Finding a soul mate -- how to do it?
February 4, 2010 10:18 AM   Subscribe

True love -- how do I find it? Long, rambling post inside...

Late 20s woman. Had an early bad experience in love, but since have had several relationships with great guys, most of whom I'm still friends with. The most recent one (a six-month relationship), I was really starting to fall deeply in love with. He dumped me quite suddenly and without much explanation and I still (even though we've been in contact since many times) haven't gotten an explanation.

I'm still pining for him (about 6 months after the breakup), but also looking forward as best as I can. I hold out this faint hope that he'll call me one day and tell me that he wants to try again (I've made clear that I'm interested in him and I know he's not seeing anyone.)

I'm fairly attractive, smart, etc. etc. I'm not gorgeous but I'm okay. I've tried online dating and have gotten lots of dates. I live in a fairly large city. It's not quantity that's the problem. (I've read the "Gasp! I'm single" posts on mefi.

The problem: finding guys that I really like, and keeping them once I have them. I don't think I know how to be a good girlfriend -- poor parental role models, blah blah.

I've been reading tons of stuff on MeFi about how to be a good girlfriend, and when I get another chance I'll try what I've learned... but I just can't help but think that I'm missing something big.

I have a therapist that I see occasionally, but she doesn't give me a lot of feedback on this stuff. She thinks I just haven't found the right guy yet. I went through a lot of family stuff, so we've mostly dealt with that. I've done a lot of therapy so I'm very open to learning about myself, etc.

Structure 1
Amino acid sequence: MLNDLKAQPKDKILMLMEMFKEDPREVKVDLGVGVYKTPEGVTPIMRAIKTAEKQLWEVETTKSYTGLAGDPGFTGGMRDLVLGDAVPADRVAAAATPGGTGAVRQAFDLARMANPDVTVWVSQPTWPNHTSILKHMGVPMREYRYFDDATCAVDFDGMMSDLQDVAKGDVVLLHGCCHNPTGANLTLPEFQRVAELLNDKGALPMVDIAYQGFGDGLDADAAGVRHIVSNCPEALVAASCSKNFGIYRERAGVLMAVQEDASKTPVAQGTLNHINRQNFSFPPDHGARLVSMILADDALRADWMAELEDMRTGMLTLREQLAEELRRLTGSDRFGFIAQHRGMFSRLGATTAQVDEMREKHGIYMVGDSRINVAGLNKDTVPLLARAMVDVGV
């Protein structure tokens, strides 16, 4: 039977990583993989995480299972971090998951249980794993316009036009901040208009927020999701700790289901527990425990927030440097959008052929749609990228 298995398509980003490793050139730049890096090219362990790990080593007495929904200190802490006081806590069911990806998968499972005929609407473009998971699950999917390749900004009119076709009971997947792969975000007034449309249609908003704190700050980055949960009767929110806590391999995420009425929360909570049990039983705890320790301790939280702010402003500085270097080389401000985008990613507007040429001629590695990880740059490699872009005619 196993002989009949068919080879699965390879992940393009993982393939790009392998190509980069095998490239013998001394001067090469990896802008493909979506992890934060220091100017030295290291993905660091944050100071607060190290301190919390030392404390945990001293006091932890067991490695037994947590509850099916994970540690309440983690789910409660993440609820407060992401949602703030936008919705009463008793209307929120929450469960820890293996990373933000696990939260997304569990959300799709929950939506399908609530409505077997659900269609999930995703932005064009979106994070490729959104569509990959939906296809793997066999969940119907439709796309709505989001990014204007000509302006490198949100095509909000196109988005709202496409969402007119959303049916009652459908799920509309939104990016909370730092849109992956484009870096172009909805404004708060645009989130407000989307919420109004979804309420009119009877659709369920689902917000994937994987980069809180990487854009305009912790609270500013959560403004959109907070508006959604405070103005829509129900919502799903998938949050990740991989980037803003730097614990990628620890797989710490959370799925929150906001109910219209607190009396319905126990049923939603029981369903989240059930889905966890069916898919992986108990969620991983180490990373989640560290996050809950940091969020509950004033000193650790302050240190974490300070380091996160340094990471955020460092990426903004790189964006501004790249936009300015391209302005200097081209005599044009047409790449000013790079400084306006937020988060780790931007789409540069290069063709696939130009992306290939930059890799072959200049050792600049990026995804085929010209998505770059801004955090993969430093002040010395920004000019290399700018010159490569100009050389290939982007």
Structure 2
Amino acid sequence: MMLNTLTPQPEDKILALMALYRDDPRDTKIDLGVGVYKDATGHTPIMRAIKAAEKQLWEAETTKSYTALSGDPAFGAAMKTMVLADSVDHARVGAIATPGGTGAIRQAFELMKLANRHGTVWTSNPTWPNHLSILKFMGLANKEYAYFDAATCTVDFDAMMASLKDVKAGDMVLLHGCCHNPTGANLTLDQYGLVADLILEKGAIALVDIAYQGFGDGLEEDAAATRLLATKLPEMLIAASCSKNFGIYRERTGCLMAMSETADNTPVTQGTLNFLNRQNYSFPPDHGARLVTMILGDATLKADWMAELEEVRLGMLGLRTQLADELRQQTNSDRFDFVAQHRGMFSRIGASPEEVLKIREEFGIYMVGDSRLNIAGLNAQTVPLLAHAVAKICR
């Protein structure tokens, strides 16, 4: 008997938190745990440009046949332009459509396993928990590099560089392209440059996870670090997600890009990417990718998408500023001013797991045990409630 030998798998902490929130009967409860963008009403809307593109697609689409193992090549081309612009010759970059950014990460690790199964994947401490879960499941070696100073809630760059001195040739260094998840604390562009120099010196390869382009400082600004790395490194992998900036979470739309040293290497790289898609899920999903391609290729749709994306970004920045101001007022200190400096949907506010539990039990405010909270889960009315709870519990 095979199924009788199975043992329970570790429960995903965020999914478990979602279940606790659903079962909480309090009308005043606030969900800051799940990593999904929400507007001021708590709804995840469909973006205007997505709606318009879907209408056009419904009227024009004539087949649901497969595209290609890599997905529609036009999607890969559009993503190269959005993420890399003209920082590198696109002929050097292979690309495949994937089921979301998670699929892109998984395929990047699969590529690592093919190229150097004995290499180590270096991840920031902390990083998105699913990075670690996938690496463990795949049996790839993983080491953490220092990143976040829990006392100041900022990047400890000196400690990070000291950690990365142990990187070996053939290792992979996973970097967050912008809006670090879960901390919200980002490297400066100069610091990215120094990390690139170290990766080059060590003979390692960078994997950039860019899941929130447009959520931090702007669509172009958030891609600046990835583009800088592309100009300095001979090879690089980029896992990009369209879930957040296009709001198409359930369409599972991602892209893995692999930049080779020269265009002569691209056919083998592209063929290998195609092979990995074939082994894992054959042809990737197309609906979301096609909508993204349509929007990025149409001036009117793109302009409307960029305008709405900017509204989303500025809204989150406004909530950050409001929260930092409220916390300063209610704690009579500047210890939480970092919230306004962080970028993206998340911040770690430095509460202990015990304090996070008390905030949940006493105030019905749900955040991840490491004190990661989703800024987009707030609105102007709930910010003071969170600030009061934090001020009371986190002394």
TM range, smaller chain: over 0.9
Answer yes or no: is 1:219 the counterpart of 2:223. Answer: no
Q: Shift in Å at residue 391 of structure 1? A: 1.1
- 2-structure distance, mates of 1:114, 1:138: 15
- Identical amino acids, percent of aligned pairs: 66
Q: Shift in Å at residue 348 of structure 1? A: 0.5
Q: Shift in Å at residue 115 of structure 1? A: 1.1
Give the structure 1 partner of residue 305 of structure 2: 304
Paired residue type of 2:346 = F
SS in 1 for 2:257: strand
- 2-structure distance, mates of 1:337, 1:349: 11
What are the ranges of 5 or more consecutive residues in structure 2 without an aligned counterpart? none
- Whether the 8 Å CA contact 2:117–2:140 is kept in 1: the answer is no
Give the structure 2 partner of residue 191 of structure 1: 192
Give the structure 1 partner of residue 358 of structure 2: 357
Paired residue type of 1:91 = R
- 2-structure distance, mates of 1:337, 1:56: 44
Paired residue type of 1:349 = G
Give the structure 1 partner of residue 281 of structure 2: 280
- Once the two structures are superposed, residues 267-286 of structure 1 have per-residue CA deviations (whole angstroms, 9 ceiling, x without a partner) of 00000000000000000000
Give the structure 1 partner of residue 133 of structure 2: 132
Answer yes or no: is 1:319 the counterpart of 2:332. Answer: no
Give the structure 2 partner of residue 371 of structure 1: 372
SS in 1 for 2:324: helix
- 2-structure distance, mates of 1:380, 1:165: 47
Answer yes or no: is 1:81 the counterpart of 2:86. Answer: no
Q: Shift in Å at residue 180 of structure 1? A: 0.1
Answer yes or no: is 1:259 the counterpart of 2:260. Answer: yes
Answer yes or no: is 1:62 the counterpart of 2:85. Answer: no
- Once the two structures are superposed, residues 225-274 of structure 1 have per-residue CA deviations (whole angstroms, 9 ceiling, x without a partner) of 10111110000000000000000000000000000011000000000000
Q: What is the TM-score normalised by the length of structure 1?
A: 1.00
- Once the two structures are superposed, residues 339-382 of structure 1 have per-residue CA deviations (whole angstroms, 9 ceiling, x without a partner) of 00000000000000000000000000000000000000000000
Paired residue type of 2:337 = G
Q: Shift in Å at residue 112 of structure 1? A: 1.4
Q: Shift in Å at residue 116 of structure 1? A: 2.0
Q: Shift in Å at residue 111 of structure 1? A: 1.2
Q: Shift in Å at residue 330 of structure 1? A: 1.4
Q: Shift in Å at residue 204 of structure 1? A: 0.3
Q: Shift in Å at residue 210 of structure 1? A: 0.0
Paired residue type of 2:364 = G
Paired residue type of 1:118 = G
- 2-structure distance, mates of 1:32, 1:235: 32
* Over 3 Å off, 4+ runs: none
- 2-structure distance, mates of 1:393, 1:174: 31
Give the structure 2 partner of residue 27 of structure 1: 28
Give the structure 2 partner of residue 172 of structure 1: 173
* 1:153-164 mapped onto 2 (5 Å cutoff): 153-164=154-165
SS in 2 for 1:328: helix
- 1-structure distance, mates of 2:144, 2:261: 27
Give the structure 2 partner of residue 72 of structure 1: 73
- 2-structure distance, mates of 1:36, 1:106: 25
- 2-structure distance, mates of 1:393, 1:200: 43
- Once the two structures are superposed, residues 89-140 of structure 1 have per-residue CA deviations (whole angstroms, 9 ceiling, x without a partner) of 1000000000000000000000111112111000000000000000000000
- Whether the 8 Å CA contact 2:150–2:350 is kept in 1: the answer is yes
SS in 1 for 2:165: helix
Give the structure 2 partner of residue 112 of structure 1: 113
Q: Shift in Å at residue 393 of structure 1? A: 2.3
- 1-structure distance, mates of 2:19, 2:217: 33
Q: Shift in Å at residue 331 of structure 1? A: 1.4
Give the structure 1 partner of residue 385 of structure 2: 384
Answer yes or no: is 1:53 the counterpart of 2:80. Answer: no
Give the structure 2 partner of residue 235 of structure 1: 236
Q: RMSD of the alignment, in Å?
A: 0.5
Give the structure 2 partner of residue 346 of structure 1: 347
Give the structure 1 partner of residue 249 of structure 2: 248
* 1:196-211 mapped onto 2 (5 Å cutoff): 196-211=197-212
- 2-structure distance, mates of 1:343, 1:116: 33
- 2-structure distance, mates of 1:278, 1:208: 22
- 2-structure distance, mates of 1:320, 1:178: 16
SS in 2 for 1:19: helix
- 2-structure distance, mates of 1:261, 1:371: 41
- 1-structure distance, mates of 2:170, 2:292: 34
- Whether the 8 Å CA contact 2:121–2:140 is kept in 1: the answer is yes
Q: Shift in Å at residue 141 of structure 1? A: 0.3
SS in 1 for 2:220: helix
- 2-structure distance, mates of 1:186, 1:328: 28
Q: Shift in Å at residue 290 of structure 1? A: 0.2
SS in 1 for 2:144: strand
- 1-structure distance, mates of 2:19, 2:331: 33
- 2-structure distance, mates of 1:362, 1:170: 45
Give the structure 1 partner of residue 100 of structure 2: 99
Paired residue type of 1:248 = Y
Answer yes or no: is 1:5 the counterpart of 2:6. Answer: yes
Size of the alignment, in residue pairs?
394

I don't really have a question. I just know that I want to find someone amazing and love them and have them love me, for as long as possible. And it hasn't happened yet. And it may not. And I wish I knew what to do!
posted by anonymous to Human Relations (36 answers total) 31 users marked this as a favorite
All my relationships before Mrs. Fry where disasters and fuck ups that I can barely understand.

You'll fail until you succeed.
posted by French Fry at 10:23 AM on February 4, 2010 [20 favorites]

I agree with your therapist.

Try to give up the hope that he'll come back, and also give up the hope that you'll get an explanation. Many breakups never get explained. You're free to come up with your own explanation, but I hope you attribute it to him and HIS issues, and not anything about you. (And in my experience, the breakups without explanation are ALWAYS about the dumper's issues, and not the dumpee's.)

Being a good girlfriend is pretty easy. Be a good girl (read: person), and be a good friend. Treat your paramour the way you'd like to be treated. Be interested and engaged, make time for the relationship, have fun with the other person. I bet you're not bad at those things, which brings me back to the point about the breakup being about HIM and HIS issues and not you.
posted by peanut_mcgillicuty at 10:24 AM on February 4, 2010 [2 favorites]

also agreeing that you haven't met the right guy yet. my personal opinion is that "the right guy" is simply the appropriate mix of chemistry, similar life goals, and a willingness to compromise. strangely enough it's a rare, rare mix.